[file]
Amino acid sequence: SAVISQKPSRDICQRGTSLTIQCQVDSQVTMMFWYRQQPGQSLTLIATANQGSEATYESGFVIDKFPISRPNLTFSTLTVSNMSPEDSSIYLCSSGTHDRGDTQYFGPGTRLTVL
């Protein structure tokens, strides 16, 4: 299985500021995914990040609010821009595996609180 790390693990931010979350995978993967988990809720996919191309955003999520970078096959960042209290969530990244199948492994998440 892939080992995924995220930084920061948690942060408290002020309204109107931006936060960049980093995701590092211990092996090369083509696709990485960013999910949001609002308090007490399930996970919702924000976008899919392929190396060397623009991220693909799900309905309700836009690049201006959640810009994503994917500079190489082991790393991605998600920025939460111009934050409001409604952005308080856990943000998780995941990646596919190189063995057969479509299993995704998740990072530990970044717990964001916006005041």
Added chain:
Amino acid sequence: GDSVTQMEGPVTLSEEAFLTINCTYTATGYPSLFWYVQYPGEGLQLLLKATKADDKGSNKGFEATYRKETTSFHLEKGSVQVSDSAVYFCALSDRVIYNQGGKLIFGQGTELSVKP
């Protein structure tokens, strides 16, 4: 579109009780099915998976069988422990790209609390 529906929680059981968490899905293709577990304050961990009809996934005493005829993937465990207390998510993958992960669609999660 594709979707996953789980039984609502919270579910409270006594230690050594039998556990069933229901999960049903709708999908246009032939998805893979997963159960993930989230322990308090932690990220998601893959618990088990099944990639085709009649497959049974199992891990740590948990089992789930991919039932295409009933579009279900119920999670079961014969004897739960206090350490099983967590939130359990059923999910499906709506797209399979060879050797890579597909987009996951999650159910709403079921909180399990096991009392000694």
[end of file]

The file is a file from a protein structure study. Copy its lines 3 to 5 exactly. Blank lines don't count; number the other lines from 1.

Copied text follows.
Added chain:
Amino acid sequence: GDSVTQMEGPVTLSEEAFLTINCTYTATGYPSLFWYVQYPGEGLQLLLKATKADDKGSNKGFEATYRKETTSFHLEKGSVQVSDSAVYFCALSDRVIYNQGGKLIFGQGTELSVKP
């Protein structure tokens, strides 16, 4: 579109009780099915998976069988422990790209609390 529906929680059981968490899905293709577990304050961990009809996934005493005829993937465990207390998510993958992960669609999660 594709979707996953789980039984609502919270579910409270006594230690050594039998556990069933229901999960049903709708999908246009032939998805893979997963159960993930989230322990308090932690990220998601893959618990088990099944990639085709009649497959049974199992891990740590948990089992789930991919039932295409009933579009279900119920999670079961014969004897739960206090350490099983967590939130359990059923999910499906709506797209399979060879050797890579597909987009996951999650159910709403079921909180399990096991009392000694």